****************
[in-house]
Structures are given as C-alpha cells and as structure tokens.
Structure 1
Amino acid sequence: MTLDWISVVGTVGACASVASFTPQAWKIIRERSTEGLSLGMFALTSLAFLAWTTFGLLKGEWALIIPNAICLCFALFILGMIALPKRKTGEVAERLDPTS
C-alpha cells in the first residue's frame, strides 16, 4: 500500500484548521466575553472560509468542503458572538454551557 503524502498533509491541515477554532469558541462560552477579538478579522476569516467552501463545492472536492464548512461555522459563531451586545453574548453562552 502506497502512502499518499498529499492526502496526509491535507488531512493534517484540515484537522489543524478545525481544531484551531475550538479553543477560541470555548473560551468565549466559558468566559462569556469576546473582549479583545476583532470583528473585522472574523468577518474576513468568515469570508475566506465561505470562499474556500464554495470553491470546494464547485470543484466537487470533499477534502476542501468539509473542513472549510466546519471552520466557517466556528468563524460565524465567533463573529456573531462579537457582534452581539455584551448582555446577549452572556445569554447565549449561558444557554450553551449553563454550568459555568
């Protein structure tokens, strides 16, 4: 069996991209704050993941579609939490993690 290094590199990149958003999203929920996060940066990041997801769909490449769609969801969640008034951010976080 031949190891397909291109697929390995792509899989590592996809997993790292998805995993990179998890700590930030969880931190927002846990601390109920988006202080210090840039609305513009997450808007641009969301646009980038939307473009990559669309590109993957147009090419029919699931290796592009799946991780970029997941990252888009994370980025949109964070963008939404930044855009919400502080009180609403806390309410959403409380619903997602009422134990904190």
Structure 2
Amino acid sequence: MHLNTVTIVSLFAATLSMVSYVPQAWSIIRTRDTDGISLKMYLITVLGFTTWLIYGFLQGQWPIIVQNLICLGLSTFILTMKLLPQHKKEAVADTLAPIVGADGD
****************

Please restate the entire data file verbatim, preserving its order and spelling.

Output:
[in-house]
Structures are given as C-alpha cells and as structure tokens.
Structure 1
Amino acid sequence: MTLDWISVVGTVGACASVASFTPQAWKIIRERSTEGLSLGMFALTSLAFLAWTTFGLLKGEWALIIPNAICLCFALFILGMIALPKRKTGEVAERLDPTS
C-alpha cells in the first residue's frame, strides 16, 4: 500500500484548521466575553472560509468542503458572538454551557 503524502498533509491541515477554532469558541462560552477579538478579522476569516467552501463545492472536492464548512461555522459563531451586545453574548453562552 502506497502512502499518499498529499492526502496526509491535507488531512493534517484540515484537522489543524478545525481544531484551531475550538479553543477560541470555548473560551468565549466559558468566559462569556469576546473582549479583545476583532470583528473585522472574523468577518474576513468568515469570508475566506465561505470562499474556500464554495470553491470546494464547485470543484466537487470533499477534502476542501468539509473542513472549510466546519471552520466557517466556528468563524460565524465567533463573529456573531462579537457582534452581539455584551448582555446577549452572556445569554447565549449561558444557554450553551449553563454550568459555568
């Protein structure tokens, strides 16, 4: 069996991209704050993941579609939490993690 290094590199990149958003999203929920996060940066990041997801769909490449769609969801969640008034951010976080 031949190891397909291109697929390995792509899989590592996809997993790292998805995993990179998890700590930030969880931190927002846990601390109920988006202080210090840039609305513009997450808007641009969301646009980038939307473009990559669309590109993957147009090419029919699931290796592009799946991780970029997941990252888009994370980025949109964070963008939404930044855009919400502080009180609403806390309410959403409380619903997602009422134990904190």
Structure 2
Amino acid sequence: MHLNTVTIVSLFAATLSMVSYVPQAWSIIRTRDTDGISLKMYLITVLGFTTWLIYGFLQGQWPIIVQNLICLGLSTFILTMKLLPQHKKEAVADTLAPIVGADGD